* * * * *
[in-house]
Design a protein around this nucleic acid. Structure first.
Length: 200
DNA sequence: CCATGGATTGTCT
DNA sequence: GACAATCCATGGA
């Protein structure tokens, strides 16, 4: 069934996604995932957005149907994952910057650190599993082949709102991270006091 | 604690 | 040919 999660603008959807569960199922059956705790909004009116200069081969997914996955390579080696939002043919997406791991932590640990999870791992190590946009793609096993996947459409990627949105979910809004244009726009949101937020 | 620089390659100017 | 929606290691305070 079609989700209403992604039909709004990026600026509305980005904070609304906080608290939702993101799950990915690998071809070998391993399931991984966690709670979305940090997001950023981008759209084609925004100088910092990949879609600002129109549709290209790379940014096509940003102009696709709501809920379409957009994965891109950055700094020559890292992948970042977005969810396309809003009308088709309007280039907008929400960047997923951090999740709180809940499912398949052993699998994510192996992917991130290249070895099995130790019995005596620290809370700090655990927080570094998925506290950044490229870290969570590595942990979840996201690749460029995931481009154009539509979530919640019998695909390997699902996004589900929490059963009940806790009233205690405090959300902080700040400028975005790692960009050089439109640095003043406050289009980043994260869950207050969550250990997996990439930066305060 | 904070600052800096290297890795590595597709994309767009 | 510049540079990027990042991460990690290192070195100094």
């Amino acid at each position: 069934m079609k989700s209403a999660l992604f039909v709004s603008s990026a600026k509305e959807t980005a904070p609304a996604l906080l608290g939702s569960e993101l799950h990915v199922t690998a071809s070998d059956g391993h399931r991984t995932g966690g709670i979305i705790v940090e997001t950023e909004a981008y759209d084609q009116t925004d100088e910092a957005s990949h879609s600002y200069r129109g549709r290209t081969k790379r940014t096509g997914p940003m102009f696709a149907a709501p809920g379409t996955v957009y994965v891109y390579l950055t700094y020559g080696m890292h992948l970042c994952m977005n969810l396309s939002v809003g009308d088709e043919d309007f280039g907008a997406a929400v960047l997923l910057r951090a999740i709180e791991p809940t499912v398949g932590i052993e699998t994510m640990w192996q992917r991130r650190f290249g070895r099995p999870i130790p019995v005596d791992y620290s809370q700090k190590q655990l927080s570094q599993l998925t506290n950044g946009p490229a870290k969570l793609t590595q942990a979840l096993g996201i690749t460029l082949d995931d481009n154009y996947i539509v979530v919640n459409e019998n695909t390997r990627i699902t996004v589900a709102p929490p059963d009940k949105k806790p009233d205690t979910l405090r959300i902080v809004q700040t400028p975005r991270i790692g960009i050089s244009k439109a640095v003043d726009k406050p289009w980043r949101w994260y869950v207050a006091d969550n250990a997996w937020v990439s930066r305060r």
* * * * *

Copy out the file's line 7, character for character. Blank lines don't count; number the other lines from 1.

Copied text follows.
């Amino acid at each position: 069934m079609k989700s209403a999660l992604f039909v709004s603008s990026a600026k509305e959807t980005a904070p609304a996604l906080l608290g939702s569960e993101l799950h990915v199922t690998a071809s070998d059956g391993h399931r991984t995932g966690g709670i979305i705790v940090e997001t950023e909004a981008y759209d084609q009116t925004d100088e910092a957005s990949h879609s600002y200069r129109g549709r290209t081969k790379r940014t096509g997914p940003m102009f696709a149907a709501p809920g379409t996955v957009y994965v891109y390579l950055t700094y020559g080696m890292h992948l970042c994952m977005n969810l396309s939002v809003g009308d088709e043919d309007f280039g907008a997406a929400v960047l997923l910057r951090a999740i709180e791991p809940t499912v398949g932590i052993e699998t994510m640990w192996q992917r991130r650190f290249g070895r099995p999870i130790p019995v005596d791992y620290s809370q700090k190590q655990l927080s570094q599993l998925t506290n950044g946009p490229a870290k969570l793609t590595q942990a979840l096993g996201i690749t460029l082949d995931d481009n154009y996947i539509v979530v919640n459409e019998n695909t390997r990627i699902t996004v589900a709102p929490p059963d009940k949105k806790p009233d205690t979910l405090r959300i902080v809004q700040t400028p975005r991270i790692g960009i050089s244009k439109a640095v003043d726009k406050p289009w980043r949101w994260y869950v207050a006091d969550n250990a997996w937020v990439s930066r305060r």